Passing of the Giants of the Human Spirit
Minister Clemson Brown Pt. 1
Written: August 11, 2023
It was on Monday 8/7/23 at 5:41pm when my wife asked me, “Did you hear the news? She continued, “did you talk to Councilman Charles Barron?” She had that sad look in her eyes and her face tilted downward. I have seen that look many times before; suddenly a pall seemed to engulf the room. Then she said, “Minister Brown has made his transition.” I had no immediate response as I pulled myself together, softly I mumbled something, “Wow, is anybody left? Am I the only one still around. He gave it his best shot.” So often of late a stanza in Elegy Written in a Country Churchyard written by Thomas Gray :
“What are the worst of woes that wait on age?
What stamps the wrinkle deepest in the brow,
To view loved ones blotted from life’s page
And to be alone as I am now.”
Minister Clemson Brown was a multi-talented, eager to use any of his talents to advance our people. I met him in 1976. It was the year Americans were preparing to celebrate its 200-year anniversary. A brother by the name of Dr. Chester Williams approached me with an idea of a quadricentennial, 400 years for people of African Ancestry, starting with the transatlantic slave trade. I thought it was a great idea. We began to organize the people that we knew. As a professor he organized primarily students and professionals. From somewhere came Minister Clemson Brown. At the time, his primary occupation was making different ceramics.
We proceeded for the rest of 1976 organizing and educating regarding our history. Near the end of the year in November, a 15-year-old youth of African Ancestry, Randy Evans was shot in the head for no reason by police officer Robert Torsney. The following year almost to the date of the shooting, the killer cop was given a light sentence, two years of psychiatric treatment with weekends home. The community was furious.
I’ve told this story before. There were four of us, Assemblyman Al Vann, Professor Sam Pinn, Educator, Cultural Crusader and Cultural builder Jitu Weusi and I had been meeting for months earlier. When the exoneration of the cop happened, we stepped forward with a plan to organize our community. Our first action was to call for Black Christmas 77’, a citywide boycott. By the end of 1976, Clemson Brown had become a member of our church. When we announced the protest, I told him that he should go and get a camera for we were going to make history. We were going to turn things upside down. He bought (some of y’all might remember) the Zoom camera and from that day until the day he died he videoed major events and personalities for nearly 50 years. I ordained him in 1978, after which he was given the title of Minister. We travelled together across America and many countries abroad. On two occasions we attended the Organization of African Unity (OAU as it was called then, now it’s the African Union –AU.)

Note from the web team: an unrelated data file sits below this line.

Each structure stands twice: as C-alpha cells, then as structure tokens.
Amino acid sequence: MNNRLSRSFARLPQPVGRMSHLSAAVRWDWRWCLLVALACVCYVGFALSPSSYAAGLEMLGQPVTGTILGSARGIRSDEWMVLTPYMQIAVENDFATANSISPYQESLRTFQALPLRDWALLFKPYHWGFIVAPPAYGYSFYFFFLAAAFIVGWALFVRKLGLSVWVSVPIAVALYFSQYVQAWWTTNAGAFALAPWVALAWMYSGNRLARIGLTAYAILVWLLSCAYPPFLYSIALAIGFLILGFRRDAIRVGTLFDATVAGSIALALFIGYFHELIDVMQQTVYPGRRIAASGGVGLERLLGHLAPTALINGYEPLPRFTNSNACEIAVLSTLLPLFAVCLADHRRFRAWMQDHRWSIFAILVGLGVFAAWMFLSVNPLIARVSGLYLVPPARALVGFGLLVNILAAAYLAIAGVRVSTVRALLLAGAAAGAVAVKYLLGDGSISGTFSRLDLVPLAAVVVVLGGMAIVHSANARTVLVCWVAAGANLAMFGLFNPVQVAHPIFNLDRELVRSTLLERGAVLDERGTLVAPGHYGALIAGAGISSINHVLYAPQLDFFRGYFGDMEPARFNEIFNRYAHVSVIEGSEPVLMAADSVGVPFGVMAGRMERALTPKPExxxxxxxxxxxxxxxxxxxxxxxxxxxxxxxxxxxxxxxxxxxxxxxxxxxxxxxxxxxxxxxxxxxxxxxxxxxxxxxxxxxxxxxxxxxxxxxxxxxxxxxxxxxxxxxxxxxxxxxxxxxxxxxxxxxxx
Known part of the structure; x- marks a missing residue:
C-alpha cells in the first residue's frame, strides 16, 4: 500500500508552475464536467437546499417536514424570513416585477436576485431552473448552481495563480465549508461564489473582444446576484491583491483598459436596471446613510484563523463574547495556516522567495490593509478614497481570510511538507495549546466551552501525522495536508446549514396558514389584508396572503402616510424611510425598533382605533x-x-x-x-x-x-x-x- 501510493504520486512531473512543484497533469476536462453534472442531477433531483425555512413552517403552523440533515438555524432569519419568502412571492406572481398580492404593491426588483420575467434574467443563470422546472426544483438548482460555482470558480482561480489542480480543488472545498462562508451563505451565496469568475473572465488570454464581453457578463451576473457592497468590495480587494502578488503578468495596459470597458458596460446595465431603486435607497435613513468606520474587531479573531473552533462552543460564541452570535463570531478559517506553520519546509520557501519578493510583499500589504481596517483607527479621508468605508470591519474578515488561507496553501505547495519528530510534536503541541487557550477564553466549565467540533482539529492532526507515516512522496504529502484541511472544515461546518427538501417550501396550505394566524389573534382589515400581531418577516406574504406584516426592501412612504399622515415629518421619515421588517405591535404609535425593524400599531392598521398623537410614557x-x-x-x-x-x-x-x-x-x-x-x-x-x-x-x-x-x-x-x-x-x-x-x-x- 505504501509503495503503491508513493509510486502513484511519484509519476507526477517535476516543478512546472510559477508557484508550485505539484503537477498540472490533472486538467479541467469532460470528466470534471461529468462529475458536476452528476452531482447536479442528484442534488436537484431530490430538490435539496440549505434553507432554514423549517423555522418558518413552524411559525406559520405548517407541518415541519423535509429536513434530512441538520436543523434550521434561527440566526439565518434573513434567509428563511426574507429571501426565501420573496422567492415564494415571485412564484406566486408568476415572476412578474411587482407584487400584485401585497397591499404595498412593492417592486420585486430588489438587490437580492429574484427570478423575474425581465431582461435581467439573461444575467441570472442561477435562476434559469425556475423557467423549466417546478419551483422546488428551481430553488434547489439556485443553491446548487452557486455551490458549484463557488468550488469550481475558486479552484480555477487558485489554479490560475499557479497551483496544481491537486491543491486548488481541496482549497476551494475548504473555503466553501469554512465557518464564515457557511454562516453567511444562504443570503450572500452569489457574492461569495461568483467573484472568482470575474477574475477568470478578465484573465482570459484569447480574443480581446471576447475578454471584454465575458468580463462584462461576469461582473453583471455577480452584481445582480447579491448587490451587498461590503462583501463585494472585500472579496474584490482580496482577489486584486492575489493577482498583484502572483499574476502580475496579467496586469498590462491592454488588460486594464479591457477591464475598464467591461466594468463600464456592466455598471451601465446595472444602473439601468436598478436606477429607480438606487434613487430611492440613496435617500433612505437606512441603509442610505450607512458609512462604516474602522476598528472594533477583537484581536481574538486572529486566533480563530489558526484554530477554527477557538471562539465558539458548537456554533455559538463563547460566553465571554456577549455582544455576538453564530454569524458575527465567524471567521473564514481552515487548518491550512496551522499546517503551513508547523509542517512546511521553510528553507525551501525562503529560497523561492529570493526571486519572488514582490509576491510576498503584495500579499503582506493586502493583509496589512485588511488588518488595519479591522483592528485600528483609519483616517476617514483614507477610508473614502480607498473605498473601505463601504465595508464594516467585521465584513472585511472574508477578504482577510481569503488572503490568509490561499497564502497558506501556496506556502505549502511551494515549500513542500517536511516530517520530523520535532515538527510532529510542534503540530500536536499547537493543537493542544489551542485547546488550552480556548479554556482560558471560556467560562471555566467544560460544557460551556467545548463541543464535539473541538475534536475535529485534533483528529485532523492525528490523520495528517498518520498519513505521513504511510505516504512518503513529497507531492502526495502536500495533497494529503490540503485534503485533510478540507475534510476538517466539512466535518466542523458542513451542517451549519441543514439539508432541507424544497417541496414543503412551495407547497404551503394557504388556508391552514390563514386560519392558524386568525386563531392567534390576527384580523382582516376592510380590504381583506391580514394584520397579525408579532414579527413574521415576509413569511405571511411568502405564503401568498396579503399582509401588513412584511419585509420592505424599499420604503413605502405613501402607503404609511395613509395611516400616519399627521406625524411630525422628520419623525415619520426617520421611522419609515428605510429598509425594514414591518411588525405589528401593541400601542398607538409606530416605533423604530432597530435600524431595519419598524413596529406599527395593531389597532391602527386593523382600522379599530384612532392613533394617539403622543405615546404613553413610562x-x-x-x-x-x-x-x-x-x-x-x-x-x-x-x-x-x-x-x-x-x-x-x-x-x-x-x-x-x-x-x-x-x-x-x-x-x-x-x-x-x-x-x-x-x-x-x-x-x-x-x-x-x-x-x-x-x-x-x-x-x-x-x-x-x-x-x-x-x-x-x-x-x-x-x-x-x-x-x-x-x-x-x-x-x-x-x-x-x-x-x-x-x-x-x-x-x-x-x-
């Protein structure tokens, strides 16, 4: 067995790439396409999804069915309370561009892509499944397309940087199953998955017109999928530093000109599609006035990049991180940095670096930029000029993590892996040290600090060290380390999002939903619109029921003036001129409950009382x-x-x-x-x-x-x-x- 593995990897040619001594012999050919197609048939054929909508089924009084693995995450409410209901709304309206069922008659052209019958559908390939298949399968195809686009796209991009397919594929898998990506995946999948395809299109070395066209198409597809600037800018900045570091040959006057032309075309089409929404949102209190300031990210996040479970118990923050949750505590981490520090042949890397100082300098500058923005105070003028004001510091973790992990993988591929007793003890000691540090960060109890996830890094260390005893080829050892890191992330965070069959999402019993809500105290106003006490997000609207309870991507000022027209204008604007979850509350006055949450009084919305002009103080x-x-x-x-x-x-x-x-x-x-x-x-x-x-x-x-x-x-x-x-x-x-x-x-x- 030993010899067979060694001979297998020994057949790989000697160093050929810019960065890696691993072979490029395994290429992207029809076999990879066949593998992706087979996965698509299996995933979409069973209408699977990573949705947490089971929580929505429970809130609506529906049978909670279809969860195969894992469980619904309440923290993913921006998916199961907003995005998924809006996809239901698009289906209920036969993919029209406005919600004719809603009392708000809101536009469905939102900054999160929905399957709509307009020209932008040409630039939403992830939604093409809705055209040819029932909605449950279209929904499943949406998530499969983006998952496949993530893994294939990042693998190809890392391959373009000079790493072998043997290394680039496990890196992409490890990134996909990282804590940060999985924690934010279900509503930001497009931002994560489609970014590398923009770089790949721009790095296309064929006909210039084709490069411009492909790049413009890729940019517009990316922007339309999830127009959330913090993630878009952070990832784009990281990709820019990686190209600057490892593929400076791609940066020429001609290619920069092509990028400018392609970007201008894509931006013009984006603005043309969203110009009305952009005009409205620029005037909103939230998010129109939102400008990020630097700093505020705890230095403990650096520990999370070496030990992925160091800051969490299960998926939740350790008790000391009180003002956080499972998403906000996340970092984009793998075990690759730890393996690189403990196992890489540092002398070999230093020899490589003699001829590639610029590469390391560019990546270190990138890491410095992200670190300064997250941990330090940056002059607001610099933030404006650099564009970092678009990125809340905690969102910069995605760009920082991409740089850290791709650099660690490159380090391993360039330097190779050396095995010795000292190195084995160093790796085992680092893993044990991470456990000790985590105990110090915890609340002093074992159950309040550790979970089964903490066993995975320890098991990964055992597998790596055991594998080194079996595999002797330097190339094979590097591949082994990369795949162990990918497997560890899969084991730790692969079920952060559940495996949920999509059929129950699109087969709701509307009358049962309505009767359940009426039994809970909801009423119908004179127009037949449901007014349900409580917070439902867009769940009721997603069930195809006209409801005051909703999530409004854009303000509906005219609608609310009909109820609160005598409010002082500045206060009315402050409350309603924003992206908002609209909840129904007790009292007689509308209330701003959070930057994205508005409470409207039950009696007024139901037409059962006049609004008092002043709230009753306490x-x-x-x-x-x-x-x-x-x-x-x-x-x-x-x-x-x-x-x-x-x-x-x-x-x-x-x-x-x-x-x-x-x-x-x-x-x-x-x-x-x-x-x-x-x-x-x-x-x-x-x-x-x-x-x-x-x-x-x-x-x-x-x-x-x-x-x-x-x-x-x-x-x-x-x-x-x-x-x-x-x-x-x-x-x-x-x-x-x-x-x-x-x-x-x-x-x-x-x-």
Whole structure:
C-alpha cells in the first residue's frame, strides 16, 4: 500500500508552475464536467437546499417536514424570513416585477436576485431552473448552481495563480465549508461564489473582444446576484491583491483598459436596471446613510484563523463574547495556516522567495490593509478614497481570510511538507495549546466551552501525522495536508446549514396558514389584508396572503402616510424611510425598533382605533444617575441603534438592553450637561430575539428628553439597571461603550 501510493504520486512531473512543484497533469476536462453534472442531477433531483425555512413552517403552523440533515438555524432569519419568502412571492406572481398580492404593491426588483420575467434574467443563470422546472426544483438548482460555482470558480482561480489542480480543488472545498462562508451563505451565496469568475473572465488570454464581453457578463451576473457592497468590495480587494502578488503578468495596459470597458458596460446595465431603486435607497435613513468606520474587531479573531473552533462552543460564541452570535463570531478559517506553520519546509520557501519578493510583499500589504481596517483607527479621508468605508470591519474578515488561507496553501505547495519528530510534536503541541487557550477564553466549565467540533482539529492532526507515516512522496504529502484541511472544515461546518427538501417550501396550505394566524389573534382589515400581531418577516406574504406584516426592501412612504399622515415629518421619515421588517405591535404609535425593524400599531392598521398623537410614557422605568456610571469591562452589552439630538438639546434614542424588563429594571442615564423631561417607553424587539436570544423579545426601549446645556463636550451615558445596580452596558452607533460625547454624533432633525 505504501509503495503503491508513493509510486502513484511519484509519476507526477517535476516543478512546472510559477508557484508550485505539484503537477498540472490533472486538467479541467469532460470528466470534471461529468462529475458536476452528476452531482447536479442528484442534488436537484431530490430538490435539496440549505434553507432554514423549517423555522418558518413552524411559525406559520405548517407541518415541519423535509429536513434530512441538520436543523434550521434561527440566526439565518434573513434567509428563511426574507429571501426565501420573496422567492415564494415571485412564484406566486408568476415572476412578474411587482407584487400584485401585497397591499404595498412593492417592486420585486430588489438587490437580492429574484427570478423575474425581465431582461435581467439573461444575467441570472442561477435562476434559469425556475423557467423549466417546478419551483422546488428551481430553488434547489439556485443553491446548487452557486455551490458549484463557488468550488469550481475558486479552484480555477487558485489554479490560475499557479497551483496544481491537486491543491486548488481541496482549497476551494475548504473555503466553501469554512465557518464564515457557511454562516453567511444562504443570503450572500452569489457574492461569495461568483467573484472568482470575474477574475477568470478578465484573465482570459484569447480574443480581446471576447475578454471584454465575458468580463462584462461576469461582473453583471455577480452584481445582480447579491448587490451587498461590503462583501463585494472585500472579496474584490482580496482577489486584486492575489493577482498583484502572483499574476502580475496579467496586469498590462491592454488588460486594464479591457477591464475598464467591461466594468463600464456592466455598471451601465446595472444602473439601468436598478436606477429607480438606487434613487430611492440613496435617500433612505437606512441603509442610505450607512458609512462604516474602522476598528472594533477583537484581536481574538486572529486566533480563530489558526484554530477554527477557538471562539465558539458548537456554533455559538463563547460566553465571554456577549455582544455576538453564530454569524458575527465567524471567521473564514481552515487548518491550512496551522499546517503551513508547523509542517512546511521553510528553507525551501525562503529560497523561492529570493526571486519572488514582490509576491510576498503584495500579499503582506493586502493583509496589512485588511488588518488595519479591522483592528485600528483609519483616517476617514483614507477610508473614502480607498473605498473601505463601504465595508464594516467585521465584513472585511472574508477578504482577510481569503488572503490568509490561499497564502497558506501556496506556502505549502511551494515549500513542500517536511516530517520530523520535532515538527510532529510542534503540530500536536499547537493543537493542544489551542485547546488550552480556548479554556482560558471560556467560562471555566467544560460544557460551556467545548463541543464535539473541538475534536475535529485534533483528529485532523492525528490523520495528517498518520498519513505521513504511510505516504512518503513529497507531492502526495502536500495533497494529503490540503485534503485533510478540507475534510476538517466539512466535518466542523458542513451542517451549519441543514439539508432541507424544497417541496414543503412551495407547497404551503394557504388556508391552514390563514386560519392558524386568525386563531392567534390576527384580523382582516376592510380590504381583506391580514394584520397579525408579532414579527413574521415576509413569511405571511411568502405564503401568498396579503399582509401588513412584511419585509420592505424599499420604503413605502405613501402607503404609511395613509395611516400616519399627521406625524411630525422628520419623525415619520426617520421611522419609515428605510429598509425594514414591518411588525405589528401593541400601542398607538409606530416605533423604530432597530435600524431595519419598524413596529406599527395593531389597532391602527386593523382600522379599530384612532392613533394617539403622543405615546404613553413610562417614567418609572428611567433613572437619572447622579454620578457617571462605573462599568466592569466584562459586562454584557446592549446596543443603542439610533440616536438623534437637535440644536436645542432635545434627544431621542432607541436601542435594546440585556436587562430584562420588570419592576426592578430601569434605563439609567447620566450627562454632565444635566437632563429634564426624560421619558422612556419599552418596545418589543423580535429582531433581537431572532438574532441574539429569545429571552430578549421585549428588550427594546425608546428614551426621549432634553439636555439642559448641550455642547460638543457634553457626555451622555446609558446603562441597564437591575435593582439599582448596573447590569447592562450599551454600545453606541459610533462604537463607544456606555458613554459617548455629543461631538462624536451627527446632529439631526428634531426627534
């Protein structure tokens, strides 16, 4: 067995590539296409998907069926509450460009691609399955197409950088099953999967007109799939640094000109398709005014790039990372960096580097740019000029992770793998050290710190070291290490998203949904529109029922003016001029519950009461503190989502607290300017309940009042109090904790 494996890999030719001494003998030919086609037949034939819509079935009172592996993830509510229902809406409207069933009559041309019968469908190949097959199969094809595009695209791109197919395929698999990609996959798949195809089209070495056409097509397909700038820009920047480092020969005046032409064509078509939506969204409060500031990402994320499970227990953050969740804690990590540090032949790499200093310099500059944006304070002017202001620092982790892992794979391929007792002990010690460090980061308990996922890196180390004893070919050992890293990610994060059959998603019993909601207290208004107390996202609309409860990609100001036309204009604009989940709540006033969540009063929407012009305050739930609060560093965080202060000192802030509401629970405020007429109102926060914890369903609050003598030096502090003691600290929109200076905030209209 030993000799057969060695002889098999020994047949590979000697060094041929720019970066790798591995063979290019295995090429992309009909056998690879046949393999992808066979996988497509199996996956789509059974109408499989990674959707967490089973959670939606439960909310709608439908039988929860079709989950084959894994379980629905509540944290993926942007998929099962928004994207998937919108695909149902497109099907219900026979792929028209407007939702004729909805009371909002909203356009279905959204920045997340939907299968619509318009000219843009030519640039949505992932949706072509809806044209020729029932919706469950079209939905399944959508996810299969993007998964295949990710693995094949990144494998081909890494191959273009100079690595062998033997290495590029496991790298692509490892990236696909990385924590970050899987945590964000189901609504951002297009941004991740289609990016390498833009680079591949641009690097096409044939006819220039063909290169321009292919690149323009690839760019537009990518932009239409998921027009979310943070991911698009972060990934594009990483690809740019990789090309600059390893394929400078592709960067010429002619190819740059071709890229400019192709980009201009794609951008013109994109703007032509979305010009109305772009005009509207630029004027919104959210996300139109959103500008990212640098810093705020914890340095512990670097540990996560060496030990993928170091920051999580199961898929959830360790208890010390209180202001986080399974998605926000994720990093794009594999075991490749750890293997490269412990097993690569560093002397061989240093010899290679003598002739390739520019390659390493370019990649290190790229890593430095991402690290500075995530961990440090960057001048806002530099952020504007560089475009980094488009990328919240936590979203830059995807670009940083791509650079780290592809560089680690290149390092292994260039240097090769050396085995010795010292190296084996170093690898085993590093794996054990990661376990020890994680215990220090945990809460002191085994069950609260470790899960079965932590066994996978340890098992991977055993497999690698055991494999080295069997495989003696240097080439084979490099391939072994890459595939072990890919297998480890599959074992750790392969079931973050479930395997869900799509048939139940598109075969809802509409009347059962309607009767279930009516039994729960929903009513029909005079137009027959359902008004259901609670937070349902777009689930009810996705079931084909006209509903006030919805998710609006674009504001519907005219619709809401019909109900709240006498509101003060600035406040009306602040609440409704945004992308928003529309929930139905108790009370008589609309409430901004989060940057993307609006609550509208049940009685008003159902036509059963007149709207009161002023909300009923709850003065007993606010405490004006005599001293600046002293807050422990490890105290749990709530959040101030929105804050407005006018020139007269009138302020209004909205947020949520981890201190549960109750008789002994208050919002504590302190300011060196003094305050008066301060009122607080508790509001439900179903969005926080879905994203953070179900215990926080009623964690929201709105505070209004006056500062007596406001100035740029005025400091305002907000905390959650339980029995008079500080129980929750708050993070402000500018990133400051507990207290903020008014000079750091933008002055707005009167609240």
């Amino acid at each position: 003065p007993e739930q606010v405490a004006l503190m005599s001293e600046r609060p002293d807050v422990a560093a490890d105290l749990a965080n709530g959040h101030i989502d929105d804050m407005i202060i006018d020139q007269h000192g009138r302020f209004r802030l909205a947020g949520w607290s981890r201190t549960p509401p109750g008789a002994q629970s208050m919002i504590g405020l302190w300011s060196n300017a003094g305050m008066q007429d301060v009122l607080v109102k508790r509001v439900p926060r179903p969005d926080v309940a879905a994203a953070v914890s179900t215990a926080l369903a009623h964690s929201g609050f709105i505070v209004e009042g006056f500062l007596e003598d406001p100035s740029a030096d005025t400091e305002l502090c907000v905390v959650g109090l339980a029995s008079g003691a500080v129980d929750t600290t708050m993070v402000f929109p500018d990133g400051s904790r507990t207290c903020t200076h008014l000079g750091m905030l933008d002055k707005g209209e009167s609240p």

Nairobi, Kenya was the first OAU conference we attended and then in Tripoli, Libya when al-Gaddafi was the President. We attended many meetings in the Caribbean. Trinidad at the height of the demonstration led by Makandal Akhenation Daaga. I recall Daaga analyzing events in various countries. He said that the apartheid regime in south Africa was going to fall and the South African leaders would come to the Caribbean to find a safe haven. He was courageous, brilliant and strategically sound. He was well read and did a review for us of Eric Williams monumental book Capitalism and Slavery, which book I have used in my argument for reparations. Also, annually we would attend the yearly conference in Cuba sponsored by the Cuban government. (Significantly at one of the conferences I was asking to prepare a paper on the Nationalist Community in the USA. I sought the assistance of Dr. Cornel West. We together prepared the paper, I gave the speech which was well received. See Daughtry files.)
On one of our visits to Cuba we decided that we would ask the Cuban government to reciprocate. We had been supporting, now they should show some support to our struggle in the USA. (Diplomatically correct of course. We would not want to heighten tension between Cuban government and the US government.)
We suggested two things: one, that there be a national holiday in Cuba recognizing a leader or a person of distinction of African Ancestry in the USA. Second, that they give scholarships to student, especially in the area of medicine. They agreed to the first one, the question rose whom shall we recognize in the USA, our delegation was shocked when they said, they’d like to honor Dr. Martin Luther King! The reason we were shocked, after all NBUF which I headed was the preeminent Radical revolutionary, Nationalist, Pan-Africanist organization in America at the time. Cuba, being a revolutionary government, I think I would be far within the mark to say that the members of our delegation thought it would be Malcolm X. One of the key members of our delegation, Oba T’Shaka inquired why Dr. King? The response was, (and I shall never forget the words) “Dr. King has more tendencies around him.” It was clear to us what they meant. Dr. King was an organizer of all of the movements around the world. He wanted to bring all of the global community together to change the world. While Malcolm X, no disrespect to him or marginalizing him as if anyone could, but Malcolm clearly stated in words and deeds. He was concentrating on people of African Ancestry. The Cuban government and any government I think has to deal with all kinds of people and nations of the world.
Well, when our delegation recuperated, we got to the question of scholarships. They agreed as I forestated, that they would offer the scholarships. This program has been going on ever since. After our involvement I understand it continued with Rev. Lucius Walker and other medical professionals.
To be continued...